Dorrie works with another young woman, a Presbyterian named Beatrice. Beatrice has a very sunny outlook on life, but, while trying to do a good deed for a male client who attracts her, she gets hit by a car driven by a young hotshot attorney named Troy, played by Matthew McConaughey. Thinking he’s killed the woman, Troy leaves the scene of the accident.

Earlier that evening, Troy, who had just won an important case, had a conversation with sour Gene at the bar where Troy was celebrating with his colleagues. Gene advises Troy not to be so happy, that fate can step in and crush Troy’s happiness at a moment’s notice. After hitting Beatrice, Troy becomes wracked by guilt and tries to bury himself in his work.

Back at work, Gene becomes increasingly annoyed at one of his employees, a constantly happy man named Wade, played by William Wise. No matter how bad things get, Wade always has a positive attitude and a smile on his face. He even says “Thank the Lord” at one point. All of this irks the older Gene to no end, because Gene is a hard-working, lonely and divorced man, whose estranged son is a heroin junkie and a criminal.

After complaining several times to another employee (played by Frankie Faison), Gene decides to teach Wade a lesson by downsizing him to make the budget cuts his boss has requested. After Wade leaves, however, Gene keeps running into him, but Wade still has the optimistic disposition that Gene hates. Like Troy, Gene also becomes wracked by guilt. He decides to set things right with Wade.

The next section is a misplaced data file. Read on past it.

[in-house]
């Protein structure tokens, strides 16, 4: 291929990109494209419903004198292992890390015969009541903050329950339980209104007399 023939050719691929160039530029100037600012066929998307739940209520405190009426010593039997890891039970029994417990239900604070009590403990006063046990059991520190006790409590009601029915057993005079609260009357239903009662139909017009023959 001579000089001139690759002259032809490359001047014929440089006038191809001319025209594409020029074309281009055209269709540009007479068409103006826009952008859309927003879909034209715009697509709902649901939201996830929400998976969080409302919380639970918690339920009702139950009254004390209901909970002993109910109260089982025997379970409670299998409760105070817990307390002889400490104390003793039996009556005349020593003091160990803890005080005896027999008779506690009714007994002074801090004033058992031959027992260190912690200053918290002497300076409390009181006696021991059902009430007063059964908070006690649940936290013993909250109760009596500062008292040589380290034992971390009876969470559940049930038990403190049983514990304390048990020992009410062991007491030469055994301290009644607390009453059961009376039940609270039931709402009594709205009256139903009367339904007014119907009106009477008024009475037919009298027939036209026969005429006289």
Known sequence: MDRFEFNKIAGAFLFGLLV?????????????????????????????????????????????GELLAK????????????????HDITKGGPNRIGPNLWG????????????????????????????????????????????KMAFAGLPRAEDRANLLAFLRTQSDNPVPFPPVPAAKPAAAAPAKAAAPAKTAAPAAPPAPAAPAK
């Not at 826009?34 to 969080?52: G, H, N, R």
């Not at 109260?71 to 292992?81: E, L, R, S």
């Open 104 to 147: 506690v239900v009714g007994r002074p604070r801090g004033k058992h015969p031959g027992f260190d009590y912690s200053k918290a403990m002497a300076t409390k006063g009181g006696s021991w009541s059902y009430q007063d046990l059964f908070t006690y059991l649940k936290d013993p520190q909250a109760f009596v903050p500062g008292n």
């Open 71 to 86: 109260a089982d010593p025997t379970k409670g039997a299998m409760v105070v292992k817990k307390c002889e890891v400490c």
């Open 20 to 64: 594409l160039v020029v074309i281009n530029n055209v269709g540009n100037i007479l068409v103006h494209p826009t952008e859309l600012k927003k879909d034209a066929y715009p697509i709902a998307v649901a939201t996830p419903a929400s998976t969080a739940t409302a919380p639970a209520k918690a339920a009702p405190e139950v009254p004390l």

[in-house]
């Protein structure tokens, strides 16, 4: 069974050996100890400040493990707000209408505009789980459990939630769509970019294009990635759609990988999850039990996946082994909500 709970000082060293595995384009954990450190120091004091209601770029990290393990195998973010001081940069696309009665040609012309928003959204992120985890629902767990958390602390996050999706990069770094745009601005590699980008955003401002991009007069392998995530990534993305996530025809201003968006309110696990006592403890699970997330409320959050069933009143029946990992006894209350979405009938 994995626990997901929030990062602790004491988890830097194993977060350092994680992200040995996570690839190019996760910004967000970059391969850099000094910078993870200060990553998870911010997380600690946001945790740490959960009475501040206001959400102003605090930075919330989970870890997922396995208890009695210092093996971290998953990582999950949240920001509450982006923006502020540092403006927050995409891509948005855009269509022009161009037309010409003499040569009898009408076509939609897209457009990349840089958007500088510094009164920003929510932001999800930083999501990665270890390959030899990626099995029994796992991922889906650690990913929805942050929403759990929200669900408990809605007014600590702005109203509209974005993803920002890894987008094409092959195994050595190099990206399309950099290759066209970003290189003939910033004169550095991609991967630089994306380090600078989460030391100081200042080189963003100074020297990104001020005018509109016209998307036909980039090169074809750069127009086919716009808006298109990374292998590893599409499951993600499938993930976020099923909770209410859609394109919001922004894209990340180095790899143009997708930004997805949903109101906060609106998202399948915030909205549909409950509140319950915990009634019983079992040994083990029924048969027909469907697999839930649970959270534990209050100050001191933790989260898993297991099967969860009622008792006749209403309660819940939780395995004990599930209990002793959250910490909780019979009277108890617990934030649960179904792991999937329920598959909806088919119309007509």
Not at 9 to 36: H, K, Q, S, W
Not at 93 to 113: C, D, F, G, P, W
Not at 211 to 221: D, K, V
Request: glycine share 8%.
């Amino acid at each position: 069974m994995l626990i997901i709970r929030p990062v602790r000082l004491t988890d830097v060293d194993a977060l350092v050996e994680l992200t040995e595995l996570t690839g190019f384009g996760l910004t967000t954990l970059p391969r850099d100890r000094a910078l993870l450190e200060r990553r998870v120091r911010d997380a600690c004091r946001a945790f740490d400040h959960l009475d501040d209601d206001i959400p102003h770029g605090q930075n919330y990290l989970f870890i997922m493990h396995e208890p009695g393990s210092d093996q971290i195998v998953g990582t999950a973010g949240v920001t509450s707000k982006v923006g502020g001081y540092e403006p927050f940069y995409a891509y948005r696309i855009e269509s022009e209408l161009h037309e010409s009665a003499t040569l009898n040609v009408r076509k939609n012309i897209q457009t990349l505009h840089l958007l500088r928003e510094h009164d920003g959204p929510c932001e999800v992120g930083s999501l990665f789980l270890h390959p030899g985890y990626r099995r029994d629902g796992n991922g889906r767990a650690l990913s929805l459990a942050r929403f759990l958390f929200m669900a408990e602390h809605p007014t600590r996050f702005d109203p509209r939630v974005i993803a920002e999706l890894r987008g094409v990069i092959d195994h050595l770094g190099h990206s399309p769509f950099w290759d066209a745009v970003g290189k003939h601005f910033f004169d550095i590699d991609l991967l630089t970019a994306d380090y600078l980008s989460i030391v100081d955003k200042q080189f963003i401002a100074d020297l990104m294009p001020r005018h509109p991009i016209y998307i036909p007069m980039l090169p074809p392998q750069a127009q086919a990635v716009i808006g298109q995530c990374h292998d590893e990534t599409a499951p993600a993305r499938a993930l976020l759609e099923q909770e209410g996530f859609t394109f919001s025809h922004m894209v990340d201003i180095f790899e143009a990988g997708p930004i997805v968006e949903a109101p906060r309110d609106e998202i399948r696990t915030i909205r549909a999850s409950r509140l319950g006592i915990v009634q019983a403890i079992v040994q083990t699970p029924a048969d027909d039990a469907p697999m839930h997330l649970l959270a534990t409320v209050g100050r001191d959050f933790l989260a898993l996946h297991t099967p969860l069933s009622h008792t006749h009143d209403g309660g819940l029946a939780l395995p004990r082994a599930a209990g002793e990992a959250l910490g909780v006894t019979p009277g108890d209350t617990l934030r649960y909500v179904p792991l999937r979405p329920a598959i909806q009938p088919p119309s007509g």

Meanwhile, after recovering from her accident and learning the client could care less about her, Beatrice expresses thoughts of suicide to Dorrie. You were right, she tells Dorrie, life isn’t fair. Later, however, in a positive, well-written scene, Beatrice tells Dorrie how a simple smile from a stranger led her to give up such negative, immoral thoughts. Thus, Beatrice has taken to heart her pastor’s reference to James 5:11 of the Bible, which says, “We count them happy who endure.”

Finally, the science professor learns that the grass does not seem to be so green on the other side. Then, in the movie’s final shot, the science professor’s wife, played by Amy Irving, finds her spirits lifted as a reformed Gene smiles and waves back at her.

THIRTEEN CONVERSATIONS is edited like the acclaimed violent thriller PULP FICTION, with scenes weaving in and out of time. This technique brilliantly manages to keep viewers engaged with the story. It also serves to highlight the movie’s funny parts, which consist mostly of Alan Arkin as Gene doing a slow burn while William Wise’s Wade uses a smile to get through the day. Thus, if someone gets bored with one story, they can watch the other stories unfold, or they can become thoroughly engrossed and entertained by the War of Wills between Gene and Wade. Arkin seriously deserves an Academy Award nomination for his performance here.

The shots with Beatrice singing in her church choir, her pastor quoting James 5:11, Wade’s acknowledgement of God, and the movie’s morally uplifting tone give THIRTEEN CONVERSATIONS a Christian worldview. As Bible readers should know, joy is one of the fruits of the Holy Spirit (see Galatians 5:22). As Bible readers should also know, Jesus Christ tells us in Matthew 7:12, “Do to others as you would have them do to you.” THIRTEEN CONVERSATIONS tells us that giving joy to others by fulfilling the Golden Rule of Christ is the best way to happiness, in this life if not in the next.

Regrettably, however, this movie contains some strong foul language and a scene where Gene’s estranged son injects himself with heroin. Consequently, it’s a movie meant for older teenagers and adults.